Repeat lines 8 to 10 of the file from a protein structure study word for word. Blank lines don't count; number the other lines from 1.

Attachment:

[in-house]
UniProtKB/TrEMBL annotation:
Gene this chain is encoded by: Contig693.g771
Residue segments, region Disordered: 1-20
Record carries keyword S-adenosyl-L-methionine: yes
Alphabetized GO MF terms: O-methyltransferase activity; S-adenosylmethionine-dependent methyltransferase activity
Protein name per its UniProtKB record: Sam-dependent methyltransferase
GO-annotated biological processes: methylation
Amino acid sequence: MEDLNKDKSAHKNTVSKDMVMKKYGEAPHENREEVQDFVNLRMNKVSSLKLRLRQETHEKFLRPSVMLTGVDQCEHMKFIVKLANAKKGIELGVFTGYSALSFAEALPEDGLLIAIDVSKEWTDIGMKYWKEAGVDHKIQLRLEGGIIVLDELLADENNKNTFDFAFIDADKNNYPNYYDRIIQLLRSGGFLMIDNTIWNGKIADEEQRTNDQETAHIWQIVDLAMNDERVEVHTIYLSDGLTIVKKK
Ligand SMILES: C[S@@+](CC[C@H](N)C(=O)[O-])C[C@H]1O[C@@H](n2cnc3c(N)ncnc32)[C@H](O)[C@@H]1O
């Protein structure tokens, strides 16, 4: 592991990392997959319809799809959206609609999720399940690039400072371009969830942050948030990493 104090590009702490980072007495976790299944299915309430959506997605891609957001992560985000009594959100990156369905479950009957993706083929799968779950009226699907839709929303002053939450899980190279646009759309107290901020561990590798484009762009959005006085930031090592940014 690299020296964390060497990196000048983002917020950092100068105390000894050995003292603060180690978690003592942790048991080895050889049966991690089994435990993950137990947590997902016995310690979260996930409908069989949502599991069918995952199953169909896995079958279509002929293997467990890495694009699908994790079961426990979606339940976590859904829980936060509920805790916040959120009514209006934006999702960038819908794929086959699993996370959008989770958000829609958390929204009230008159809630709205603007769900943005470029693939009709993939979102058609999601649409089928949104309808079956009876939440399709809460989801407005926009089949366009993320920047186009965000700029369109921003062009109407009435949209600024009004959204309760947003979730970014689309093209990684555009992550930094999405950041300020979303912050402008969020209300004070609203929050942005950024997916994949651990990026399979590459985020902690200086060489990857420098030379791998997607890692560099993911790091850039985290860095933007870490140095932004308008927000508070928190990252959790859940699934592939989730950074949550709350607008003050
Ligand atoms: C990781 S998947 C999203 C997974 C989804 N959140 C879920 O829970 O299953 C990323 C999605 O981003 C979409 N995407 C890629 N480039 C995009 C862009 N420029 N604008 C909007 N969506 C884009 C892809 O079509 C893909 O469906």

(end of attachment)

GO-annotated biological processes: methylation
Amino acid sequence: MEDLNKDKSAHKNTVSKDMVMKKYGEAPHENREEVQDFVNLRMNKVSSLKLRLRQETHEKFLRPSVMLTGVDQCEHMKFIVKLANAKKGIELGVFTGYSALSFAEALPEDGLLIAIDVSKEWTDIGMKYWKEAGVDHKIQLRLEGGIIVLDELLADENNKNTFDFAFIDADKNNYPNYYDRIIQLLRSGGFLMIDNTIWNGKIADEEQRTNDQETAHIWQIVDLAMNDERVEVHTIYLSDGLTIVKKK
Ligand SMILES: C[S@@+](CC[C@H](N)C(=O)[O-])C[C@H]1O[C@@H](n2cnc3c(N)ncnc32)[C@H](O)[C@@H]1O